Wednesday, 15 December 2010
Last month, a wonderfully wise and kind older woman imparted wisdom to a room full of younger moms at our MOMS group at church on mothering in gentleness. Chris Sather is a mom of four grown children - a woman I would love to have over for a cup of tea and just have her pour all her years of wisdom and experience into my young mother's heart.
You can listen to her whole message here: BBC North MOMS, but I thought I'd touch on some of the highlights that I wrote down as I listened that morning.
- Life depletes our gentleness. It just does.
- Jack will probably have more to do with my sanctification than I will with his.
- A thermostat sets how warm or cool it will be, but a thermometer tells you what the temperature is. A temperature (like when you have a fever) tells us something isn't right. Strong feelings need to be a signal or a warning to us. Instead of having our feelings (anger, frustration, etc. toward my kids) dictate our behavior, we should use them as a gauge to realize something is wrong. Stop and think: Why do I feel this way? What lies under these feelings?
- Everything that comes our way (yes, even the spilled glass of milk at the breakfast table) is for our good and God's glory.
- Don't discount our feelings, but rein our feelings in to reflect God's truth - we need a Savior EVERY day.
- We have the SAME power that raised Jesus from the dead at our disposal to help us parent in gentleness!
- What's already inside of us comes out when circumstances squeeze us.
- If we remember how needy we are, our children's neediness won't (or shouldn't) bother us so much. Remember how gentle Jesus is with us when we have sinned - it will help you be gentle with the children he has given you.
- Our point of comparison is Jesus - not other people.
- As a mom, its in our job description to WILLINGLY bear burdens. (Galatians 6:1-5)
- Don't take your children's disobedience personally.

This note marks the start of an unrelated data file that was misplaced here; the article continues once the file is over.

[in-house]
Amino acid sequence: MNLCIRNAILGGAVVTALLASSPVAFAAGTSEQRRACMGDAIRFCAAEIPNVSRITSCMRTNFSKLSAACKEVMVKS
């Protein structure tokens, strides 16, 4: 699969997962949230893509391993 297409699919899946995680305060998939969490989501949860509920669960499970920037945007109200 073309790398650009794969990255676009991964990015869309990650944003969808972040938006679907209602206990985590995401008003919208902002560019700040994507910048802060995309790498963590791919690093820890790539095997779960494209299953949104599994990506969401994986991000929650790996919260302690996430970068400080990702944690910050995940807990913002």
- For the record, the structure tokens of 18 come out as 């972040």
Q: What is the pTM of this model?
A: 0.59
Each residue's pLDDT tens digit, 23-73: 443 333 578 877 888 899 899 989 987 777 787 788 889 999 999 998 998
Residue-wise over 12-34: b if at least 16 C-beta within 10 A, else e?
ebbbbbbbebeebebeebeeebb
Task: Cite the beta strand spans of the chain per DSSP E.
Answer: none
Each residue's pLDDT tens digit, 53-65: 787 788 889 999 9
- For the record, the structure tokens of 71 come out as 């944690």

- Would you rather be RIGHT or KIND?
- 1 Thessalonians 5:14 - "And we urge you, brothers, admonish the idle, encourage the fainthearted, help the weak, be patient with them all." Our kids are given to us so we can really know them and lead them to Jesus. When they are idle, we are to warn them. When they are fainthearted, we are to encourage and comfort them. When they are weak (emotionally, physically, spiritually), we are to help them or support them aggressively. And we are ALWAYS to be patient with them.
I loved how she applied this passage from Galatians 6 to motherhood: "If any person is overtaken in misconduct or sin of any sort, you who are spiritual [who are responsive to and controlled by the Spirit] should set him right and restore and reinstate him, without any sense of superiority and with all gentleness, keeping an attentive eye on yourself, lest you should be tempted also. Bear (endure, carry) one another's burdens and troublesome moral faults, and in this way fulfill and observe perfectly the law of Christ (the Messiah) and complete what is lacking [in your obedience to it]. For if any person thinks himself to be somebody [too important to condescend to shoulder another's load] when he is nobody [of superiority except in his own estimation], he deceives and deludes and cheats himself. But let every person carefully scrutinize and examine and test his own conduct and his own work. He can then have the personal satisfaction and joy of doing something commendable [in itself alone] without [resorting to] boastful comparison with his neighbor. For every person will have to bear (be equal to understanding and calmly receive) his own [little] load [of oppressive faults]."
Assuming we are filled with the Spirit, our job as a mom is to right, restore, reinstate our kids. God promises to give us the tools to do this. We're instructed to correct our children in gentleness and without an attitude of superiority - most of this passage is a warning to the one doing the correcting, not so much to the sinner. There's a temptation in all of our hearts to make ourselves superior, but truly, we are sinners just like our kids.
Moms - I would really encourage you to take the time to listen to this little message (its about 40 minutes if you fast forward through the table discussions) during nap time today. I needed the reminder to look to Jesus when Jackson rips a cover off a book with a defiant look in his eye and all I want to do is yell "WHAT ARE YOU DOING?!!!" I want to respond with gentleness, firmness and loving authority when he acts out.
This morning was an epic fail. I reacted to Jack with anger. It breaks my heart that I injured him with my harsh words.
So now I am going to walk in confidence that God's grace is enough for me (and Jack!) this afternoon and stop and think when my feelings are rising and my boy is the precipitant - "Be gentle. Jesus is gentle with you."
What are some great examples of mothering in gentleness? How can you apply them to your own life as a mother?